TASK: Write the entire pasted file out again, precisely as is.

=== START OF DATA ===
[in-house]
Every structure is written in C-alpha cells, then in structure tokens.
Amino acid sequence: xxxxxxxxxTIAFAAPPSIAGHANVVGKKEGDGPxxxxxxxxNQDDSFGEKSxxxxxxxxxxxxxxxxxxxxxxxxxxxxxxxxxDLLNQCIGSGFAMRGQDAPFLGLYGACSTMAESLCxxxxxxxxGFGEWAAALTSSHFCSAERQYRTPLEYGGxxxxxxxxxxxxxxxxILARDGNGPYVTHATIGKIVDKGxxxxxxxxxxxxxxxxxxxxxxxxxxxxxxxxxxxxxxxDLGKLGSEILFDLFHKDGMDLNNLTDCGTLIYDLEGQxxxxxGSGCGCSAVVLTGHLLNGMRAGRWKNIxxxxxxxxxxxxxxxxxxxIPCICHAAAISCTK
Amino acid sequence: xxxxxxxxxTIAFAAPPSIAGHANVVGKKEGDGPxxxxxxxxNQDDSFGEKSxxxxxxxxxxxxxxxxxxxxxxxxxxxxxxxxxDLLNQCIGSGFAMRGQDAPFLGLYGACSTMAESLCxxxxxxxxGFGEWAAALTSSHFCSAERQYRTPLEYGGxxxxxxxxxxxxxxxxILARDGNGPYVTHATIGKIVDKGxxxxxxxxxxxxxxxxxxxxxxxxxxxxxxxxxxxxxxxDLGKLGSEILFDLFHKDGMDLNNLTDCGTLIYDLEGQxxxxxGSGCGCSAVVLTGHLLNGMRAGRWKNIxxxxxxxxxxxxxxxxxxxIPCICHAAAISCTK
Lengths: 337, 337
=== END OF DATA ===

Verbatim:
[in-house]
Every structure is written in C-alpha cells, then in structure tokens.
Amino acid sequence: xxxxxxxxxTIAFAAPPSIAGHANVVGKKEGDGPxxxxxxxxNQDDSFGEKSxxxxxxxxxxxxxxxxxxxxxxxxxxxxxxxxxDLLNQCIGSGFAMRGQDAPFLGLYGACSTMAESLCxxxxxxxxGFGEWAAALTSSHFCSAERQYRTPLEYGGxxxxxxxxxxxxxxxxILARDGNGPYVTHATIGKIVDKGxxxxxxxxxxxxxxxxxxxxxxxxxxxxxxxxxxxxxxxDLGKLGSEILFDLFHKDGMDLNNLTDCGTLIYDLEGQxxxxxGSGCGCSAVVLTGHLLNGMRAGRWKNIxxxxxxxxxxxxxxxxxxxIPCICHAAAISCTK
Amino acid sequence: xxxxxxxxxTIAFAAPPSIAGHANVVGKKEGDGPxxxxxxxxNQDDSFGEKSxxxxxxxxxxxxxxxxxxxxxxxxxxxxxxxxxDLLNQCIGSGFAMRGQDAPFLGLYGACSTMAESLCxxxxxxxxGFGEWAAALTSSHFCSAERQYRTPLEYGGxxxxxxxxxxxxxxxxILARDGNGPYVTHATIGKIVDKGxxxxxxxxxxxxxxxxxxxxxxxxxxxxxxxxxxxxxxxDLGKLGSEILFDLFHKDGMDLNNLTDCGTLIYDLEGQxxxxxGSGCGCSAVVLTGHLLNGMRAGRWKNIxxxxxxxxxxxxxxxxxxxIPCICHAAAISCTK
Lengths: 337, 337